What Is It?
A live action adaptation of the US animated series Avatar: The Last Airbender, the Avatar prefix was understandably dropped to avoid confusion with a certain mega-budget blockbuster directed by James Cameron. Influenced by Japanese anime and folklore, The Last Airbender is set in a fantasy universe governed by the mythical elements Fire, Air, and Water, and introduces central hero Aang, the titular Airbender who must use his elemental powers to save the planet from the dastardly Fire nation.
Part one of a planned trilogy, The Last Airbender is a big-budget (around $100 million, we’re told) family blockbuster, with its release date coinciding precisely with Disney’s similarly effects-laden fantasy The Sorcerer’s Apprentice. It’s also, arguably, one of the toughest sells of the summer, lacking a major recognisable franchise or big star names to fire it out of the proverbial gate.
Who’s Behind It?
Director M Night Shyamalan directs, and after a string of poorly received pictures, culminating in 2008’s hypnotically awful The Happening, he’s a Hollywood player in desperate need of a critical and financial hit. He’s also, as usual, penned the script for his film.
The Last Airbender follows an increasingly common trend in big budget movies, featuring a cast consisting largely of newcomers and hard-working character actors rather than relying on expensive, big name stars.
Karate champion Noah Ringer makes his screen debut in the lead role of Aang, supported by Jackson Rathbone, most famous for his role as Jasper in the Twilight movies. Dev Patel, who plays the fiery antagonist Prince Zuko, is arguably Airbender‘s biggest star, having played the lead role in the Oscar-winning Slumdog Millionaire.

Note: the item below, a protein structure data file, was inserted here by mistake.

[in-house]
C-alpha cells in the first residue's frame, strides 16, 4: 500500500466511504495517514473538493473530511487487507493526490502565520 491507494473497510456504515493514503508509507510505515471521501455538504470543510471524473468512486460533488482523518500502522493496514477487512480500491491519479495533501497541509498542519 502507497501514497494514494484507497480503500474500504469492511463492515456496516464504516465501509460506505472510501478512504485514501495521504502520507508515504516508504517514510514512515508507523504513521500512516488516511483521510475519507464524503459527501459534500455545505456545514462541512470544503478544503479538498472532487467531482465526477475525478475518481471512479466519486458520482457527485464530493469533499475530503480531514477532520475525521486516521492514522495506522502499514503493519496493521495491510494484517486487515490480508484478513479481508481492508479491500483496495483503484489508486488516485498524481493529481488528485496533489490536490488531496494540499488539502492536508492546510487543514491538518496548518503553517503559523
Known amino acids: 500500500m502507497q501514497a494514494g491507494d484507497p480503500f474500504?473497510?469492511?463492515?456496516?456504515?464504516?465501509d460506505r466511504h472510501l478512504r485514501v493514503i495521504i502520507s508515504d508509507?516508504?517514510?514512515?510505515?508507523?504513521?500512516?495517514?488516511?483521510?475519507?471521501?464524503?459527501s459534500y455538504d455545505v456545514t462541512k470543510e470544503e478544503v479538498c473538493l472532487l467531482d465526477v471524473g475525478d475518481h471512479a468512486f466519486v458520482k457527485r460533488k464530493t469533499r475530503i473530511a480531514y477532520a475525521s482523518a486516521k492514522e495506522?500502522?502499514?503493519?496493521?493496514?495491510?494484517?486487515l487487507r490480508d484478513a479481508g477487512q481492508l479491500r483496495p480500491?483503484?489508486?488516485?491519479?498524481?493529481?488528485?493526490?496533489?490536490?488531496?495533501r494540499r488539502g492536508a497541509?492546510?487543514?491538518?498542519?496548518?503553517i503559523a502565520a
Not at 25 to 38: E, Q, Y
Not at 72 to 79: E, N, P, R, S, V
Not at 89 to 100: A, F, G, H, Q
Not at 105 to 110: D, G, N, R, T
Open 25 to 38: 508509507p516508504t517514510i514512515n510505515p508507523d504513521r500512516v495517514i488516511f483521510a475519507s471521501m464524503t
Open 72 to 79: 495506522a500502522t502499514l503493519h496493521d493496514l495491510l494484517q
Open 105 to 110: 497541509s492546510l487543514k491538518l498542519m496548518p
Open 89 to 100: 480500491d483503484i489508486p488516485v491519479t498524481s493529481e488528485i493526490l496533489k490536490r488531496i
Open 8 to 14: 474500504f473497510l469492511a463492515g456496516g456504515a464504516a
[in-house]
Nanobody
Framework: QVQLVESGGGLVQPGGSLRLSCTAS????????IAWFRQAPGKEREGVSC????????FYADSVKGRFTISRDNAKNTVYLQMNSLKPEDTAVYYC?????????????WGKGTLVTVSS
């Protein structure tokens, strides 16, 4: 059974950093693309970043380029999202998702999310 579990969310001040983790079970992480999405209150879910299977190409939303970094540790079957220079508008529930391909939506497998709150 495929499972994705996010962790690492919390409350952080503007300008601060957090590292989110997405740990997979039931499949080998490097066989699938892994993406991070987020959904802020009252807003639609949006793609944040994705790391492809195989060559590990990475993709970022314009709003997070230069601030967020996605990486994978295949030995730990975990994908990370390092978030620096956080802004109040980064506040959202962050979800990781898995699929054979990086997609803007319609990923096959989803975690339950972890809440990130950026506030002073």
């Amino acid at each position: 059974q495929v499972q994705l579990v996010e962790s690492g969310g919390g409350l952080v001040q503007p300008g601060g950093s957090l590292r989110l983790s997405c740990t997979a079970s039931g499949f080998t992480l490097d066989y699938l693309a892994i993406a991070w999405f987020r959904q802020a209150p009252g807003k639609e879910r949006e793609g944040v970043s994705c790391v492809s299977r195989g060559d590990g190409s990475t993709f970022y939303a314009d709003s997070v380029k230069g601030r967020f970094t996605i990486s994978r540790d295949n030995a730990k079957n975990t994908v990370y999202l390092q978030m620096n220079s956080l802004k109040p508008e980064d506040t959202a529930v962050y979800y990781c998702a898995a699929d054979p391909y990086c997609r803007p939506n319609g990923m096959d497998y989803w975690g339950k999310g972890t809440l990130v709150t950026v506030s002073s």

Why Should I Watch It?
Despite Shyamalan’s run of unfortunate movie choices (though some, including 2004’s The Village, aren’t necessarily as bad as many critics would have you believe), The Last Airbender could prove to be a pleasant summer surprise. It should at least excel in the visual department. It’s shot by seasoned cinematographer Andrew Lesnie, whose CV includes sumptuous-looking pictures such as King Kong and The Lord Of The Rings trilogy.
The three trailers released so far suggest a film awash with CG and fantastical combat, and what we’ve seen so far looks promising, more convincing, we’d argue, than The Sorcerer’s Apprentice, which boasts a far bigger budget and a starry cast including Nic Cage and Monica Bellucci.
Shyamalan has clearly made full use of Ringer’s martial arts skills, with the latest trailer displaying the kind of prowess with a staff that recalls Samo Hung’s legendary work in classics such as Close Encounters Of The Spooky Kind.
The current craze for all things three-dimensional, meanwhile, has seen The Last Airbender converted to 3D in post-production. Let’s just hope it’s a better transfer than the murky and largely extraneous conversion of Clash Of The Titans (we’re assured, somewhat inevitably, that it is).
Perhaps the biggest question mark hanging over The Last Airbender, though, is Shyamalan himself. While it appears that he’s remained faithful to the original animated series in terms of setting and plot, it remains to be seen whether the dialogue and pacing will be up to the quality of his early films, such as The Sixth Sense and Unbreakable, or whether they’ll sink to the dire excesses of The Happening or Lady In The Water. This is the same writer who gave us such unforgettable pieces of dialogue as “We have to outrun the wind!” after all.
Given the director’s uneven track record, The Last Airbender could prove to be a spectacular return to form or yet another disastrous misfire, and if it proves to be a misfire of The Happening‘s magnitude, Airbender could at least provide the greatest number of unintentional laughs of any movie this summer.
Right now, it’s hard to read the early signs, though. The Last Airbender is clearly a risky project, and one that could go either way. We’ll get an idea of how it’s fared in the next couple of weeks, as the first reviews begin to seep through…
US release date: 2nd July 2010UK release date: 13th August 2010
- Summer Blockbuster Preview: Iron Man 2
- Summer Blockbuster Preview: Robin Hood
- Summer Blockbuster Preview: Prince Of Persia: The Sands Of Time
- Summer Blockbuster Preview: Shrek Forever After
- Summer Blockbuster Preview: The A-Team
- Summer Blockbuster Preview: The Karate Kid
- Summer Blockbuster Preview: Toy Story 3
- Summer Blockbuster Preview: Jonah Hex
- Summer Blockbuster Preview: Knight And Day
- Summer Blockbuster Preview: Grown Ups